to program or be programmed – identity

In Program or Be Programmed, Douglas Rushkoff says, “Because digital technology is biased toward depersonalization, we must make an effort not to operate anonymously, unless absolutely necessary. We must be ourselves” (p. 89).

Being anonymous online is like speaking with your eyes closed or talking to someone over the phone instead of face to face, easy because no sight of a physical response allows more room for emotion and raw opinion.

This past semester, I went to a communication event where speaker Amy Webb, CEO of WebbMedia, informed the audience about social media and how to use it. She gave an eye-opening speech but one of the many things she said that stuck out to me was that we create identities online for a reason; we want others to be well aware of our existence and make connections with us so we create a Facebook, Twitter, and blogs. With our online identity we get to state our views on topics of interest, allowing others to see what we have to say and comment on it. But why comment anonymously? Why make an identity for yourself online if you are going to be anonymous? If we went through the trouble of making a social identity for ourselves, we shouldn’t hide it. Being anonymous only takes away from our identity (we aren’t giving ourselves the ability to build an online foundation if we are anonymous).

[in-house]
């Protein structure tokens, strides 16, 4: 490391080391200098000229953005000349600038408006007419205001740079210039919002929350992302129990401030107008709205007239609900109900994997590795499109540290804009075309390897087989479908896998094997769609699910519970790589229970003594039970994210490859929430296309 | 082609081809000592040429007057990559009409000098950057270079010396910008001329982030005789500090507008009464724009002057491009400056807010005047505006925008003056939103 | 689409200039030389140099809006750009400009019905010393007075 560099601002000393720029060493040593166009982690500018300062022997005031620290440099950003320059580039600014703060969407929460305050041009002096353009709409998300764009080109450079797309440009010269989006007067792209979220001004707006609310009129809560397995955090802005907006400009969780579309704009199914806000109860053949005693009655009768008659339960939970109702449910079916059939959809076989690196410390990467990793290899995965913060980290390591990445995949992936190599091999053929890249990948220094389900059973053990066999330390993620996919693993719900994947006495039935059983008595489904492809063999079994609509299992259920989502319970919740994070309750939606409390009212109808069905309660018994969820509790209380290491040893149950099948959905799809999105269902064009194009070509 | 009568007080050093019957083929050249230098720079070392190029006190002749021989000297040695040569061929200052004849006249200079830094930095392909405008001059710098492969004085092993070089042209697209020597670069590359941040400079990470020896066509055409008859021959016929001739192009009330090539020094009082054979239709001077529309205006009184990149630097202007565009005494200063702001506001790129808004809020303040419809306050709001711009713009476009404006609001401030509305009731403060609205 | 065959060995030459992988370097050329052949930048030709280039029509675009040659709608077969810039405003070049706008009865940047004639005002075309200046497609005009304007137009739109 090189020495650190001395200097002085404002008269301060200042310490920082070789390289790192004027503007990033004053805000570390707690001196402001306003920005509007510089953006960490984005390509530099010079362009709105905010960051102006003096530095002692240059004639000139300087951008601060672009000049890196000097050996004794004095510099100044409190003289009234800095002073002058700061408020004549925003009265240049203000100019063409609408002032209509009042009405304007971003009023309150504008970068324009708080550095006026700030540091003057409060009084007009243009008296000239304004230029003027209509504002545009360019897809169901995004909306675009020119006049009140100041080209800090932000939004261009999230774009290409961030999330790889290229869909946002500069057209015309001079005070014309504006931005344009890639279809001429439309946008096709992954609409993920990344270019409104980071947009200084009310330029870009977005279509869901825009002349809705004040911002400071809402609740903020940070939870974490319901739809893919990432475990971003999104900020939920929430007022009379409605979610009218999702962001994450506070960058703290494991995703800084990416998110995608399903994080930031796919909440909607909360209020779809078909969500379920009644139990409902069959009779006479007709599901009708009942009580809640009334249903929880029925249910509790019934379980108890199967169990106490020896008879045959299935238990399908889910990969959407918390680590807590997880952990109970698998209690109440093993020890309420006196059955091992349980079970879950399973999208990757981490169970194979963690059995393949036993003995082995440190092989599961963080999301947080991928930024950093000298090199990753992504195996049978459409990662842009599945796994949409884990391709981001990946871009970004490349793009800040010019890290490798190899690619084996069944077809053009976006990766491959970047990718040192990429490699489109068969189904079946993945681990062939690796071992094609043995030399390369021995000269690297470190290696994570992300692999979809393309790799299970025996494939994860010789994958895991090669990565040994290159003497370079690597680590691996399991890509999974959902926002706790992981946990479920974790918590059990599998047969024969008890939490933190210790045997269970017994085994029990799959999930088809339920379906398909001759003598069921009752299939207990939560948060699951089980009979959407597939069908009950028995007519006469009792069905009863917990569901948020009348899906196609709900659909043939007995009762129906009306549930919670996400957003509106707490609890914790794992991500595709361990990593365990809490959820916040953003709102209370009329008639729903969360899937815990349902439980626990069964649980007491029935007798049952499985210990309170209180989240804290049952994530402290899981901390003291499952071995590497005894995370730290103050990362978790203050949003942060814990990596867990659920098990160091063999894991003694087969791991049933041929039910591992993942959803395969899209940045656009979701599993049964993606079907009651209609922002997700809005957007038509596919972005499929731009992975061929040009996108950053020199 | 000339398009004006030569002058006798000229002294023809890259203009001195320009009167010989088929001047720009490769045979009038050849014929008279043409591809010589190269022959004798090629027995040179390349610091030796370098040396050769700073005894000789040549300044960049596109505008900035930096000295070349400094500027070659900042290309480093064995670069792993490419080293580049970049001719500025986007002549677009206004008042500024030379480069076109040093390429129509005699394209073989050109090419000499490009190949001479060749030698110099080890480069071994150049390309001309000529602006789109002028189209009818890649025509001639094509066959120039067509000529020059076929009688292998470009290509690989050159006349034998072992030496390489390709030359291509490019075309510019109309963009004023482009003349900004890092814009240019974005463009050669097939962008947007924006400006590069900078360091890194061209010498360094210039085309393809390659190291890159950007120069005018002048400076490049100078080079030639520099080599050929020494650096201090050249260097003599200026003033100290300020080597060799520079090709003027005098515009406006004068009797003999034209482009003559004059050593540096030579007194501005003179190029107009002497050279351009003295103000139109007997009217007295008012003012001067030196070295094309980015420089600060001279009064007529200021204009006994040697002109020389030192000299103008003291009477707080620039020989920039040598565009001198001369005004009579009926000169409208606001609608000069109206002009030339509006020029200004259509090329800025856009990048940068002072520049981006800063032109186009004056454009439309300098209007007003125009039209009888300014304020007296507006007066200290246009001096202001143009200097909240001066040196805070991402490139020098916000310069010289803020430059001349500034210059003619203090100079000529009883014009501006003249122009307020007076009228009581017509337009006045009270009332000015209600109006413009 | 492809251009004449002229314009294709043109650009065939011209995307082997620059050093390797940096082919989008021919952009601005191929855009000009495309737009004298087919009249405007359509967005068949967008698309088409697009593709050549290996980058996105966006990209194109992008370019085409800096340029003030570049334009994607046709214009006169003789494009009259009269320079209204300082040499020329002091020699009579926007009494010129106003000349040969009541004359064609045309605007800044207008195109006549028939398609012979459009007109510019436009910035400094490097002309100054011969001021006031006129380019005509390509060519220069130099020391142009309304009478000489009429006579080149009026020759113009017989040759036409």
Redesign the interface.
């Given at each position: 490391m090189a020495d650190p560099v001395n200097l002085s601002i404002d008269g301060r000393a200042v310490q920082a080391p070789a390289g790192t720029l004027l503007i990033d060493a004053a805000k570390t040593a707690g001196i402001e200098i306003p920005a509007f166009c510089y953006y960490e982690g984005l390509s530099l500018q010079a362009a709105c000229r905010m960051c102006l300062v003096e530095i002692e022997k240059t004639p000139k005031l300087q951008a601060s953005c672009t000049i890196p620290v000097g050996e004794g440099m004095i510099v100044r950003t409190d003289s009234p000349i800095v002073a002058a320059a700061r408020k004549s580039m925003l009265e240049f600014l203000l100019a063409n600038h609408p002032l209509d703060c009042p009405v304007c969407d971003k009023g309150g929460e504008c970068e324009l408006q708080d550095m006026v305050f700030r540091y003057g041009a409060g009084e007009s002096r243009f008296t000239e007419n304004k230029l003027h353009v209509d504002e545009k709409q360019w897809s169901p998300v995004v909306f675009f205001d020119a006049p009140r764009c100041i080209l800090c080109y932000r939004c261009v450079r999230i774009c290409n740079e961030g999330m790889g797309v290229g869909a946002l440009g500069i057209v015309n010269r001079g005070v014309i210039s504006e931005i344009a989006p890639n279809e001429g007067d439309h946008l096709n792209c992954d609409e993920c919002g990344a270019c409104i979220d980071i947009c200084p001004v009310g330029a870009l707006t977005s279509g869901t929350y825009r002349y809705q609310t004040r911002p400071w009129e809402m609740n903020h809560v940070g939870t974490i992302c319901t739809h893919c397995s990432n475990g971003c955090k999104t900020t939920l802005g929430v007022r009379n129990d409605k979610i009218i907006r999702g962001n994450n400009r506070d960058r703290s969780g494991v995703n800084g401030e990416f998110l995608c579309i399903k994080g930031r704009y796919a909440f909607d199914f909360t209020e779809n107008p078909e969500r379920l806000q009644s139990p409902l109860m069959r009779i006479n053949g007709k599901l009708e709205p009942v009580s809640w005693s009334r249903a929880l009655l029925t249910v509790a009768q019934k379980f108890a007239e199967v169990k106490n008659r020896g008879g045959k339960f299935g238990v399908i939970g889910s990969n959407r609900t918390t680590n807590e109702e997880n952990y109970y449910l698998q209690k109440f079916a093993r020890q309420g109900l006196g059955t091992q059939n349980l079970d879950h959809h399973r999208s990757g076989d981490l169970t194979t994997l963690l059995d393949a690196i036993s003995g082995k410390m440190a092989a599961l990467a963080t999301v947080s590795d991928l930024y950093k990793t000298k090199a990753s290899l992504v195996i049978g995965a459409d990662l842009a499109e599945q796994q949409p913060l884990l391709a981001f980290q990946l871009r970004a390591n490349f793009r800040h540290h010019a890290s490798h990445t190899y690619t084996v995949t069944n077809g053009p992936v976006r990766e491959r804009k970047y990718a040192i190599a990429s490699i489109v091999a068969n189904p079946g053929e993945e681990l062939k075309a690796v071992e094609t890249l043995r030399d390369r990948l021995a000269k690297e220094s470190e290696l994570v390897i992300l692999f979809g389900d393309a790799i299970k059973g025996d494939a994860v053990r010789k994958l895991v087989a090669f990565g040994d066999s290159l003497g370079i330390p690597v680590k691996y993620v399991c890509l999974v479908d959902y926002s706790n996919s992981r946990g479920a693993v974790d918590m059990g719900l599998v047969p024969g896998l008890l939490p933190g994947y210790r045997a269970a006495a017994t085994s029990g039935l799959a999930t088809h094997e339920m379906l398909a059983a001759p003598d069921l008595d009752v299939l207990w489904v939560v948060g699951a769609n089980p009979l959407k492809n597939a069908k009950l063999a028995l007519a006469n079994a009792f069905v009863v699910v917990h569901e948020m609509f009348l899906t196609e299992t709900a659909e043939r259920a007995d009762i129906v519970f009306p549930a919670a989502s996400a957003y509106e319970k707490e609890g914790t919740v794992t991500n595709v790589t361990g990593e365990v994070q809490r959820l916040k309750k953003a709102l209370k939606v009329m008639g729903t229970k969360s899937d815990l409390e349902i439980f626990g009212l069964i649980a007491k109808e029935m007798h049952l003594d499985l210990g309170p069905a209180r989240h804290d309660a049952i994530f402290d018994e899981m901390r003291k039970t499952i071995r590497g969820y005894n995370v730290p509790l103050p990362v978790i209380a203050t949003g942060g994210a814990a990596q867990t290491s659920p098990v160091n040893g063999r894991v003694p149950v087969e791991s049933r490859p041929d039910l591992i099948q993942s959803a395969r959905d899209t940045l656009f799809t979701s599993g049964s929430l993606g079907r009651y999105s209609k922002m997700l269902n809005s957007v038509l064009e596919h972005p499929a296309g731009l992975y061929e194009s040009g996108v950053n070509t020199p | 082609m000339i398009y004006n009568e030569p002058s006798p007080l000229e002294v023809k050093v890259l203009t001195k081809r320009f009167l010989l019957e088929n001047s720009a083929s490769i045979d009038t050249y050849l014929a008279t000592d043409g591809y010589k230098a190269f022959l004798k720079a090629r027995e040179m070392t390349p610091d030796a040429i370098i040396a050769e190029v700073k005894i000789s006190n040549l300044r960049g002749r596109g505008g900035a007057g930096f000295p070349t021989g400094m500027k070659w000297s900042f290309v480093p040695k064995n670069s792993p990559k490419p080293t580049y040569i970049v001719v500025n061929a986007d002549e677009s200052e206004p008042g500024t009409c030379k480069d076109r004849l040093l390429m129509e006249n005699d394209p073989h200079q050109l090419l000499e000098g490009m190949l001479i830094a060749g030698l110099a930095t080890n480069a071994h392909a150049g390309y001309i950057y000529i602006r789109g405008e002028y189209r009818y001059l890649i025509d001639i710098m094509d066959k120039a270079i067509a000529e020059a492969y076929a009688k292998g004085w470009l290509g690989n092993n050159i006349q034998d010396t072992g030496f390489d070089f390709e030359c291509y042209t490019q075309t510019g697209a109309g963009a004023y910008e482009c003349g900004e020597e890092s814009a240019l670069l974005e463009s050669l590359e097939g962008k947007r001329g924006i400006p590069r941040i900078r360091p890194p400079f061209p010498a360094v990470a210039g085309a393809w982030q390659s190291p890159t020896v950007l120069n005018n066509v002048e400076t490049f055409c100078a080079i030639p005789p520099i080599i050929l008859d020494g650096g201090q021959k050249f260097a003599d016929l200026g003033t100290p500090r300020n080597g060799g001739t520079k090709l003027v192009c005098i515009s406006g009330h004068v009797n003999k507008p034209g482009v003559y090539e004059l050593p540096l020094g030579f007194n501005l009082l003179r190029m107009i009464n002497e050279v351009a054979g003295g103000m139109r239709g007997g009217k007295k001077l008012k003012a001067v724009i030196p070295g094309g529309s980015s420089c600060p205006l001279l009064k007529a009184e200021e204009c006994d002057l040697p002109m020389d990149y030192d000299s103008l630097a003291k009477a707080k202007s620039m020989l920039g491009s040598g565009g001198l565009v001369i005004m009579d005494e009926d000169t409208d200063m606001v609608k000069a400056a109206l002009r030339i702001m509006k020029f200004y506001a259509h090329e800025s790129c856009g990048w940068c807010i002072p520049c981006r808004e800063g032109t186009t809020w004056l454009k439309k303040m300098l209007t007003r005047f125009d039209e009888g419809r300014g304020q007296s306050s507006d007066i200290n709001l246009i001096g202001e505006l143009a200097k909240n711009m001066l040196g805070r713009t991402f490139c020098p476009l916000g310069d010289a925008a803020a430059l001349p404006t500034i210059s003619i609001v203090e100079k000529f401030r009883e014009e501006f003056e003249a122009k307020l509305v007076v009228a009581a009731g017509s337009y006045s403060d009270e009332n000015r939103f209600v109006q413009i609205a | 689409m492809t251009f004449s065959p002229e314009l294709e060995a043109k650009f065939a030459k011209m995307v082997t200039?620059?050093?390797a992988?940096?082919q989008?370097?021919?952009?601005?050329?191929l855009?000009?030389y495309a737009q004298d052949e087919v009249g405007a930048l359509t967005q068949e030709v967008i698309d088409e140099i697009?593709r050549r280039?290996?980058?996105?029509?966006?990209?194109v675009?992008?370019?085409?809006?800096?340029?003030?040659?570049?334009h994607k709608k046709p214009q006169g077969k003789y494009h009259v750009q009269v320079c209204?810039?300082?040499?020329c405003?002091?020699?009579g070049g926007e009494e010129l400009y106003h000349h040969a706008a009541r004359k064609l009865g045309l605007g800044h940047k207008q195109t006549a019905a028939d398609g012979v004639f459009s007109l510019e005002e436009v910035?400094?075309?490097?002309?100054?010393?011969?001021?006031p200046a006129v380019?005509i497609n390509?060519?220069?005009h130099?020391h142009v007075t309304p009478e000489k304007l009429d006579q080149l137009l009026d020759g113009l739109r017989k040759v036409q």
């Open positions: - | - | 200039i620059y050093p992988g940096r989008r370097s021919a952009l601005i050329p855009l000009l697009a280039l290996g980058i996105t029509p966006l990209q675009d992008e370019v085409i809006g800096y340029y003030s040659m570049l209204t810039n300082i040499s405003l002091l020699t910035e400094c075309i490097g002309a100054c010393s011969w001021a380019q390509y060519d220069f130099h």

She told the audience to comment through social media sites so that others can be directed to you, so that others can see your presence online.

The whole point of having a web presence is to draw public interaction, isn’t it?

What we want to say shouldn’t be presented in a secretive way. That takes away from its validity. Takes away from its purpose. Easily causes my eyes, and possibly the many eyes of others, to skim over your words and look at what someone else has to say, the someone else who is identified and whose words seem real.

Rushkoff advises readers, “Make being real and identifiable the norm” (p. 88).

Don’t create a different version of yourself online (one that hides behind an obscure username and unidentifiable picture), be the same self you are in person, online. Hold onto your humanity when in the digital media realm and be accountable for all of your actions, even those you make online. We shouldn’t treat real life and digital life as two separate worlds. Life is life, digital media is just a part of the life we are living. Be the same self you are online as you are offline. Just, be yourself.

Do you often comment on sites anonymously? If so, why?

What does ‘be yourself online’ mean to you?



About MegMia
journalism major who brings a little optimism to a world full of pessimism.

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